Making Virtual Performance Management count

One-on-one’s can be effective, even on a video call

Vidhi Kumar
Director - People Capability 14 Feb 2021

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Making Virtual Performance Management count

One-on-one’s can be effective, even on a video call

It’s that time of the year again. We are scheduling reviews, blocking one-on-ones with direct reports and managers, and going over our performance records (even photos of that virtual game show you hosted to showcase your team management skills!). Like every year, performance management time brings a certain whiff in the air – part excitement, part trepidation and definitely a lot of time pressure. But that was every year and 2020 has not been like ‘every’ year! Just like the other aspects of people management, performance appraisals are also impacted this year. With most of the workforce working remotely for a large part of the year and many targets getting impacted, companies are rethinking their performance metrics closely. Not only are organisations reconsidering the year-gone-by, they are also reviewing how new targets should be set up. One could see an opportunity in this adversity. Many organisations are evaluating a move from their traditional annual performance appraisal cycle to the continuous performance cycle or an OKR-based (Objective and Key Results) approach. This was something that so many of us were mulling over for years but never found the right nudge. 2020 seems to have given everyone the right reasons to shed the traditional performance approach and move in favour of more progressive ones. There’s no doubt that this year’s performance exercise will be unlike anyone in the past. While there are several differences, we have put together this go-to guide to help us tide over one unique aspect of this year’s exercise – remote appraisals! For many managers, this could be the first time that their employees are not face-to-face with them during the appraisal. This guide is to help them prepare better and ensure they make the best of the appraisal session.

1. Choose an appropriate environment

Distractions are a reality in the virtual meeting, and so are technological ‘glitches’. Being prepared for both is important. Don’t keep a meeting immediately before or after your one-on-one with a team member. Encourage the team member to do the same. Work out a time when both of you are most productive to avoid virtual fatigue. Also align times with other people at home – perhaps a time when your internet bandwidth will be used least! The review should definitely be a video-based session otherwise it will slip into a monologue of one person talking, and the other listening with their audio and video switched off! And just like you would keep your review documents ready in a physical feedback session, keep everything handy for screen share in this case. If your organisation’s people practices allow, it might even be a good idea to share the doc ahead of the meeting, so your team members can go through it with less anxiety and jot down their thoughts or doubts. This way you can focus the meeting on actionable.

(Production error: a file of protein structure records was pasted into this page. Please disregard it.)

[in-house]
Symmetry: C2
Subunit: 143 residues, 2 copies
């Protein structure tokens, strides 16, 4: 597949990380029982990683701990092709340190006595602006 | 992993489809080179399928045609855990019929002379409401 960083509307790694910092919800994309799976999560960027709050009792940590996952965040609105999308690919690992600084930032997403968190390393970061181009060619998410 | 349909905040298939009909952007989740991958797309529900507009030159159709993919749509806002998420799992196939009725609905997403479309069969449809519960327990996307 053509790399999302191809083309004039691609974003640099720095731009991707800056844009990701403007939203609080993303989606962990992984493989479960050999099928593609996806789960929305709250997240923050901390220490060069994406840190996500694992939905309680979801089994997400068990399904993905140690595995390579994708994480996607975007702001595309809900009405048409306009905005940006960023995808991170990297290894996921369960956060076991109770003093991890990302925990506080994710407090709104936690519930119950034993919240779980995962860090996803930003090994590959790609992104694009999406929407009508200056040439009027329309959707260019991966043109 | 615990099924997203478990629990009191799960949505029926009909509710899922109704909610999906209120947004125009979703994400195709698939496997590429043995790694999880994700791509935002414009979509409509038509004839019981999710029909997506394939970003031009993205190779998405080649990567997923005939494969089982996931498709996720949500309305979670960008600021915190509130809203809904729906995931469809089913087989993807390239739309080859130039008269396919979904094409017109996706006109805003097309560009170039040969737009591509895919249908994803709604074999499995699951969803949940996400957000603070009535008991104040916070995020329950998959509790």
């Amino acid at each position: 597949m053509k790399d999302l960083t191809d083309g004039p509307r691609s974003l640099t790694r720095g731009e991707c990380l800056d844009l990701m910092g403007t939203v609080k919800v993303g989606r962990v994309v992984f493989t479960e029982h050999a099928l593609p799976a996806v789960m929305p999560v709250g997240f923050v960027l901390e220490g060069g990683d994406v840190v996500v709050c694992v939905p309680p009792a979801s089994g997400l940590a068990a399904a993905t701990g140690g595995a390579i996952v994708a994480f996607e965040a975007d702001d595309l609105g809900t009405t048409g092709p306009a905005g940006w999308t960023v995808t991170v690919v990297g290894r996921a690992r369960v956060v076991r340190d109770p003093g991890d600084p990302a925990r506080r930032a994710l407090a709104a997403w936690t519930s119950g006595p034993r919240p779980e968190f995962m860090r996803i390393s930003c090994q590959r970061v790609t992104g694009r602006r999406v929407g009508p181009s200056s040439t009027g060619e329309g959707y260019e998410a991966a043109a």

2. Be realistic

2020 was tough for everyone – some more than others. Have you taken a good assessment of how targets changed during the year for your team members? If you had already called this out sometime during the year, great! If not, this may be a good time to have a detailed discussion around what comprises of realistic goals. Use these one-on-one’s to read the pulse on your team members better and build confidence that their performance is being fairly evaluated in the light of the changes.

At the same time, look at the team members who have gone over and above their work. Did they adapt their styles to meet the goals? Did they take extra initiative in another area? Did they do something that was not there on their original KRA sheet? Discuss with your HR beforehand, what your approach is to handle these outliers?

3. Coach more, listen more

A classic performance feedback session is a discussion where the managers and employee speak about KRAs one by one, listen to manager feedback and close with ratings. This year calls for more. More listening. More understanding. More empathy. Your team members have gone through a lot to achieve what they have. Give them the platform to share their stories – struggle or valour as it may be! Appreciative Inquiry (AI) is a great tool to coach your team members in this situation, instead of just giving a direct feedback. AI is a strengths-based model that seeks to engage your audience in self-determined change. Because it focuses on the positive and encourages change from within, the results are far more sustaining that any other feedback model and that’s the reason we at Samriddhi also love using this tool a lot.

4. Think out of the box

Use your creativity this performance appraisal. Think of new metrics that may be more relevant in a virtual work setup, for e.g. response time could be an easy metric to find. Review notes from your slack or teams’ channels or zoom recordings. This could also be the time to really start implementing a competency framework if you don’t already. It takes all subjectivity out of the discussion.

Now more than ever, a performance appraisal must be evidence-based and competency-focused. As we continue to be less visible, any rating of performance must be well-thought through and backed-up with examples of behaviors. Consider making 2021 goals short, objective and adaptive. Also, consider increasing the frequency of your performance discussions. Here’s wishing everyone a highly productive appraisal season in this new normal!

If you liked our article, we also have a visual deck to share with your managers as part of your organisation preparedness for this appraisal season. Drop your details here and we’ll email it to you!

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